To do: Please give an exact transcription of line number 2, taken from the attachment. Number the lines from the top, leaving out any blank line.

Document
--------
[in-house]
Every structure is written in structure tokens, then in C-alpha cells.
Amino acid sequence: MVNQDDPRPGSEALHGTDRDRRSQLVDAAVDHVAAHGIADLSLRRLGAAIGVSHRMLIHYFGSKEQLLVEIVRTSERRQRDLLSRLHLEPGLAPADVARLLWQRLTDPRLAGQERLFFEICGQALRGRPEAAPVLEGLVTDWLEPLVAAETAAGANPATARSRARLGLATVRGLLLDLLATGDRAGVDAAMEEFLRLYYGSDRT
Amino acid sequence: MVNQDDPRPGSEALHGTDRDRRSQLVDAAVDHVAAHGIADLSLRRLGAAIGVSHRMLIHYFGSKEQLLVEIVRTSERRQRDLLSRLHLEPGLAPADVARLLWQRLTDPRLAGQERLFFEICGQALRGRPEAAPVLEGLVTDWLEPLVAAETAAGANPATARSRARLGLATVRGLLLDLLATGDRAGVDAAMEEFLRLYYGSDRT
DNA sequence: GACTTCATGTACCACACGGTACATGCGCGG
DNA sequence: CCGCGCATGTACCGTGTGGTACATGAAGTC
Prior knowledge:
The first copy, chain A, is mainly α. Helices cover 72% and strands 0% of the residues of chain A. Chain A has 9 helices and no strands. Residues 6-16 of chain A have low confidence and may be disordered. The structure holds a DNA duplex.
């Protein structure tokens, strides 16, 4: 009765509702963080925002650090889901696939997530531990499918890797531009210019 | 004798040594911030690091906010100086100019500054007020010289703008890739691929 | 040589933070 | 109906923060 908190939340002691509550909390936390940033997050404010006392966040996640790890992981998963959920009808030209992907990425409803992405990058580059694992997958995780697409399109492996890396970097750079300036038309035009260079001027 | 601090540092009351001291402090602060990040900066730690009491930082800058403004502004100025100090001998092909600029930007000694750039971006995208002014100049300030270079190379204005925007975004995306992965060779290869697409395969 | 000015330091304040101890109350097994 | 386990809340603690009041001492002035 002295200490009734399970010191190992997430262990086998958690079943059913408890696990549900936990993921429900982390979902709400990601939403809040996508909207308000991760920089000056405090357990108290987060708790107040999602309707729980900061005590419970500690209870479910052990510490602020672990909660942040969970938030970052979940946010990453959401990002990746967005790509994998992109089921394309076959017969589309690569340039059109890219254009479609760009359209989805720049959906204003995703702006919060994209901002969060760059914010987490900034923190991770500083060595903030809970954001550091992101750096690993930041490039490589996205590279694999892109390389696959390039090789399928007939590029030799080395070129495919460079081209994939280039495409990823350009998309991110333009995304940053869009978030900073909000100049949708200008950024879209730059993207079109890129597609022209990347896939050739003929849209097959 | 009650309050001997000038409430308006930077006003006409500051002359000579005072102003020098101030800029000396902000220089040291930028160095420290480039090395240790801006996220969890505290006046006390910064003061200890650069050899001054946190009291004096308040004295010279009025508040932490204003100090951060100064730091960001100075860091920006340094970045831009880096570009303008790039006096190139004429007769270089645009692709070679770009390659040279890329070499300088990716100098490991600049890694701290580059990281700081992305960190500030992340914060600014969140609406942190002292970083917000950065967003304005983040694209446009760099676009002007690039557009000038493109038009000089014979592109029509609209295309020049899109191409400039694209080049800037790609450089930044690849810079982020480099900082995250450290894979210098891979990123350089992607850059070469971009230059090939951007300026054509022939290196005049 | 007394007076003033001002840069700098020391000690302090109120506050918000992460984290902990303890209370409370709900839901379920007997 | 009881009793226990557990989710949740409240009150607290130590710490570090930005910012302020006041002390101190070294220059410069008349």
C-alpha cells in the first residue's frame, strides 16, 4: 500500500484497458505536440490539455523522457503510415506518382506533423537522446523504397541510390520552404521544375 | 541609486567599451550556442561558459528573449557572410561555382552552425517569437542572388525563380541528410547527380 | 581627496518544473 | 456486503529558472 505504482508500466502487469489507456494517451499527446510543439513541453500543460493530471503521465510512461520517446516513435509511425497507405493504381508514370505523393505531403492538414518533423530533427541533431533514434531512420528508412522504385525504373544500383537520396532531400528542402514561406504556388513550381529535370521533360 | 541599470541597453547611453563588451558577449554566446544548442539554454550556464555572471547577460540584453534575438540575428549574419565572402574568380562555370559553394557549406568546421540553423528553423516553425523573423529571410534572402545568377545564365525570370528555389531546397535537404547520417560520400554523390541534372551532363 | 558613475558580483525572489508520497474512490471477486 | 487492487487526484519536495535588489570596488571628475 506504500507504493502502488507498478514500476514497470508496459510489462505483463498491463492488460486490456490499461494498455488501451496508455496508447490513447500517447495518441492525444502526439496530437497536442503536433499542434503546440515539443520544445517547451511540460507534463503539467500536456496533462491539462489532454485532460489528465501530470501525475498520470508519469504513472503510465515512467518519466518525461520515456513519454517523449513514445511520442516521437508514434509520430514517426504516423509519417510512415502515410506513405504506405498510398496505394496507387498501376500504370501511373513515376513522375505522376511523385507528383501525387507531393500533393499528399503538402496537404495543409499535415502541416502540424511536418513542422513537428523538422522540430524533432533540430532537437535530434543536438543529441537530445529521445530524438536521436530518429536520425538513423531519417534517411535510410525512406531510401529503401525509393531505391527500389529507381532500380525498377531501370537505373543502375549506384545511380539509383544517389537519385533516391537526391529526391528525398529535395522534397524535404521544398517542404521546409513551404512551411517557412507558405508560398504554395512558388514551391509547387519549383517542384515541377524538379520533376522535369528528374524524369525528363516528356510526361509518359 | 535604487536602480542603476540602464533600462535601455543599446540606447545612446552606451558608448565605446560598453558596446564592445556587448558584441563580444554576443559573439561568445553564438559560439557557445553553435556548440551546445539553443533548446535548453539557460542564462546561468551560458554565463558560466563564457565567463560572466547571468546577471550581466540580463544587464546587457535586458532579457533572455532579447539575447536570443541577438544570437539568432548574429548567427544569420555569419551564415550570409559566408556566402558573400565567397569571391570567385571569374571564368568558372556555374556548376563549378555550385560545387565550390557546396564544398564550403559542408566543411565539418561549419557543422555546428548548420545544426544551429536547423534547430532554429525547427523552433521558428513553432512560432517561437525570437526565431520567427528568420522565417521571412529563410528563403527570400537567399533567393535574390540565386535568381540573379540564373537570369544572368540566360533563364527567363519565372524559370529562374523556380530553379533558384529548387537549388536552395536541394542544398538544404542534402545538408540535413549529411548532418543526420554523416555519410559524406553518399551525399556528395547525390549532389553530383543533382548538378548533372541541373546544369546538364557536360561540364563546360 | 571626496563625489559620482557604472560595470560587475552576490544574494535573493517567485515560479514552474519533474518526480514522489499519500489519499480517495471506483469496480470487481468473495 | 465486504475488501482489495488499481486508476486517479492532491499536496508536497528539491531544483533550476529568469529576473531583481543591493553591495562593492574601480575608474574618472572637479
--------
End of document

Every structure is written in structure tokens, then in C-alpha cells.